Christmas is a time when our expectations can be unrealistic and with this comes stress. It’s up there along with moving house and divorce as one of the most stressful times. Ah yes, I remember it well. Those days when I was a practising perfectionist, I did not enjoy Christmas, although I did a pretty good job pretending that I loved every minute of it. Running a business, shopping, decorating the tree, baking, writing the cards and cleaning the house took its toll and I often spent Boxing Day nursing a sore throat, probably brought on by exhaustion. Here are a few tips from a recovering Christmas Perfectionist:
- You don’t have to prove anything. It’s acceptable to buy the stuffing, cake, mince pies and the pudding. If you must bake – do it in plenty of time and freeze things like mince pies.
- Nobody (apart from yourself) will notice if you haven’t cleaned the house. If you run out of time, leave it until after the holiday. Santa will only leave a mess coming down the chimney anyway.
- Set the table on Christmas Eve so that you don’t have a rush the following day.
- With the huge cost of postage, is it a crime to send e-cards this year? If you prefer to send cards, write them in good time and then put them aside to post later on.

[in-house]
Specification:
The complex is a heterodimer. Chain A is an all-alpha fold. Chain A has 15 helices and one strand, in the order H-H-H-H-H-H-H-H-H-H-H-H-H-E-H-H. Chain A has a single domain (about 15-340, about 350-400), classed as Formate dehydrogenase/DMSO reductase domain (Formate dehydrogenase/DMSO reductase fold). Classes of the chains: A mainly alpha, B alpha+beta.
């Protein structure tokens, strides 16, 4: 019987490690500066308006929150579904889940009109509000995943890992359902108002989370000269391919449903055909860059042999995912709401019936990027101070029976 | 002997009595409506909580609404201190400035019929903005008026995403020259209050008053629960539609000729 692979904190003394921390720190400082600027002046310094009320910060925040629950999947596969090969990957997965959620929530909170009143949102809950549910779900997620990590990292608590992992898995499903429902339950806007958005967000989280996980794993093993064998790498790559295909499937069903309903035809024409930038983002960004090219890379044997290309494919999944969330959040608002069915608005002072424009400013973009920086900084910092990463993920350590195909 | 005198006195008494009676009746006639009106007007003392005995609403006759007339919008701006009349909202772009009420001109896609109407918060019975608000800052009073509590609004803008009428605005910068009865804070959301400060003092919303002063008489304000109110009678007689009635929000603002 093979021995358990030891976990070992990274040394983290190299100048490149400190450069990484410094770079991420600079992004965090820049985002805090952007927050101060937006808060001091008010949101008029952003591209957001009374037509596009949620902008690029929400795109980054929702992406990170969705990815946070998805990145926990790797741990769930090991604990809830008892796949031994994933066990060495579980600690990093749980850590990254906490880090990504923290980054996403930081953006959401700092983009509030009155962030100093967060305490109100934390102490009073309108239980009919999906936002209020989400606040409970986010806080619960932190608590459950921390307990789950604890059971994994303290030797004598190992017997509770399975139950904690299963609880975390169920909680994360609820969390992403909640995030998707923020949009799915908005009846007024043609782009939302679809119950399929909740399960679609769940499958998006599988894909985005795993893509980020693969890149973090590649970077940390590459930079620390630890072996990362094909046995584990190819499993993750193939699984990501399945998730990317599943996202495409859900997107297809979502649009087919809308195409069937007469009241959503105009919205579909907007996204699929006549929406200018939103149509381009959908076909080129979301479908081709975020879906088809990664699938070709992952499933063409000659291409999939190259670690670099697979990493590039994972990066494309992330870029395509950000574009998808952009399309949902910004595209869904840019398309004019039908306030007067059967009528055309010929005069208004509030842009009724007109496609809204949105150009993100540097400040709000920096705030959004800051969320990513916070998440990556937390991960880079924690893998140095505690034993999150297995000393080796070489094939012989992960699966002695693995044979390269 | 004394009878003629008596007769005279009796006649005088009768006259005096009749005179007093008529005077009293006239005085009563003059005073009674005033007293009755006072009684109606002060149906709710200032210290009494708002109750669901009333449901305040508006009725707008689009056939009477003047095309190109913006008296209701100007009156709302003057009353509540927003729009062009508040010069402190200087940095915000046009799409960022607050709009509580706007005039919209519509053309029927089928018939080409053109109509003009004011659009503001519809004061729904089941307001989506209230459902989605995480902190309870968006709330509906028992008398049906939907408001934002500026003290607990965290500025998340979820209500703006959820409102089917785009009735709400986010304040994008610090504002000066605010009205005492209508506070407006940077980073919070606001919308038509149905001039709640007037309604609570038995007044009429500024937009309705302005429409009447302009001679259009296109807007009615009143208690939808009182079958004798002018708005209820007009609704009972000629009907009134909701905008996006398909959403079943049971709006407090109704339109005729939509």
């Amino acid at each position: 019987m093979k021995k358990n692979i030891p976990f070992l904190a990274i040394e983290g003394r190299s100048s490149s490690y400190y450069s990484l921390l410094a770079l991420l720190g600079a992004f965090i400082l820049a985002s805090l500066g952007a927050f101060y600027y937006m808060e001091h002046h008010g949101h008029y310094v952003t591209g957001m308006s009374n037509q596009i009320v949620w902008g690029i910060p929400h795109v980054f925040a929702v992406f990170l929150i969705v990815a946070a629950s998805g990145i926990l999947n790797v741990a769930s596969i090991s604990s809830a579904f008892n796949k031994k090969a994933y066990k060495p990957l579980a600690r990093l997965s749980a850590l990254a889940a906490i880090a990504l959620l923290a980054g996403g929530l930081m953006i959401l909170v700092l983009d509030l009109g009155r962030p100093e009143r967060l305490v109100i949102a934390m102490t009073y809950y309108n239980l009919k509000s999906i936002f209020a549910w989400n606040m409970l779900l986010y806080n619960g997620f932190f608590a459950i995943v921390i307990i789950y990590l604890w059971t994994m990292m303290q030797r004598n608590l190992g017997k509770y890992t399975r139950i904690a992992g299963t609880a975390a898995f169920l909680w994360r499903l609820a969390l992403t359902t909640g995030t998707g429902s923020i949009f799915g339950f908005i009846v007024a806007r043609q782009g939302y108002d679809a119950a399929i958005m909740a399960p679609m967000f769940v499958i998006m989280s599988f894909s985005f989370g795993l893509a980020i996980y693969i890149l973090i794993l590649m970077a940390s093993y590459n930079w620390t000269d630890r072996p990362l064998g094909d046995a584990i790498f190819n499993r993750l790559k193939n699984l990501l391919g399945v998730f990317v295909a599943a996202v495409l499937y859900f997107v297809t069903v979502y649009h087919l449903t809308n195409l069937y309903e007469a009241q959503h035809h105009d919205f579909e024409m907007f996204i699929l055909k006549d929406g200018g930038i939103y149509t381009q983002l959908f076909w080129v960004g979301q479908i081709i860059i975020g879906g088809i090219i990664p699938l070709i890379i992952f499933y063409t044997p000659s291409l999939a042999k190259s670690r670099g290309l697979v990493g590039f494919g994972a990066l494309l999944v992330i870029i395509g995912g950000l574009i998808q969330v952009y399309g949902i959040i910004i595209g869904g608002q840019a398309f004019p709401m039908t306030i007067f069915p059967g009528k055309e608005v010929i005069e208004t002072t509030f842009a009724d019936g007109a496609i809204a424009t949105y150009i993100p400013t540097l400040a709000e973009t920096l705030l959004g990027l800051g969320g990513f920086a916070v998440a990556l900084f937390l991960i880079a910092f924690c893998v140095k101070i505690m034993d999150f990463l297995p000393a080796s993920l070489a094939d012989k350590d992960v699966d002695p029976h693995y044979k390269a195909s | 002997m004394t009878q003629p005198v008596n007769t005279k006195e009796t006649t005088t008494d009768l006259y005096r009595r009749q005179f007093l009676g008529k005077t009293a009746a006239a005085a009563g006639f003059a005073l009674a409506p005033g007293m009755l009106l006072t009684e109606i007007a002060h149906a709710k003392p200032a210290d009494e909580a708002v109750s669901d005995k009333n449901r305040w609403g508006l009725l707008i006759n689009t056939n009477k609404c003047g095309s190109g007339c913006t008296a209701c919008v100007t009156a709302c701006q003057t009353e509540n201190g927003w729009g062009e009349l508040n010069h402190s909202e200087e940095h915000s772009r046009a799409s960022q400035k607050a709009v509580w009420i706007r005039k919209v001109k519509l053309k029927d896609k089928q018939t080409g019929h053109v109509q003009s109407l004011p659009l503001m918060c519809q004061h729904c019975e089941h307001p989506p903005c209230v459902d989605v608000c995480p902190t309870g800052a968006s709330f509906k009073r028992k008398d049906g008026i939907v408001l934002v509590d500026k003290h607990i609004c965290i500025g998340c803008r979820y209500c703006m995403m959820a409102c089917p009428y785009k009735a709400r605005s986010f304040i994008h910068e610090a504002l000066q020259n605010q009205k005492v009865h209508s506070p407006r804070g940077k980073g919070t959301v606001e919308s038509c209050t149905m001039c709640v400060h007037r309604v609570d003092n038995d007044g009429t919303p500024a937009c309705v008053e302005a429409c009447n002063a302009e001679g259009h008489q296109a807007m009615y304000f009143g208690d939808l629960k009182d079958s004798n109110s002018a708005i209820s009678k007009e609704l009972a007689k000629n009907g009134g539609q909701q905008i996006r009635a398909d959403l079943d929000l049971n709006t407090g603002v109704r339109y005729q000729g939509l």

- Instead of getting up at the crack of dawn to roast that fattened turkey, why not cook a chicken and a turkey breast instead and enjoy a little lie in? Make a list and write down the sequence for cooking everything and keep it for the following year.
- So many people go into debt at Christmas. Don’t do it, it will only add to your stress. Start buying bargains in the July sales instead of putting everything on your credit card in December. If times are hard, why not forgo getting everyone a present and suggest a ‘Secret Santa’ sack? This is great if you belong to a large family.
- Delegate! If like me, you think that nobody does it better than yourself, get real. Ask other family members to lend a hand with the meal and, of course, the clearing up.
- Christmas is a time when a lot of families have rows. If things are getting out of hand, find an excuse to escape and practise some deep breathing exercises. Avoid too much alcohol.
- Remember to try and enjoy Christmas – it’s your holiday too.
- When all else fails - go out for lunch or help serve at a charity feeding event.
HAPPY CHRISTMAS EVERYONE AND REMEMBER THE REASON FOR THE SEASON.
Sue Cross www.suecross.com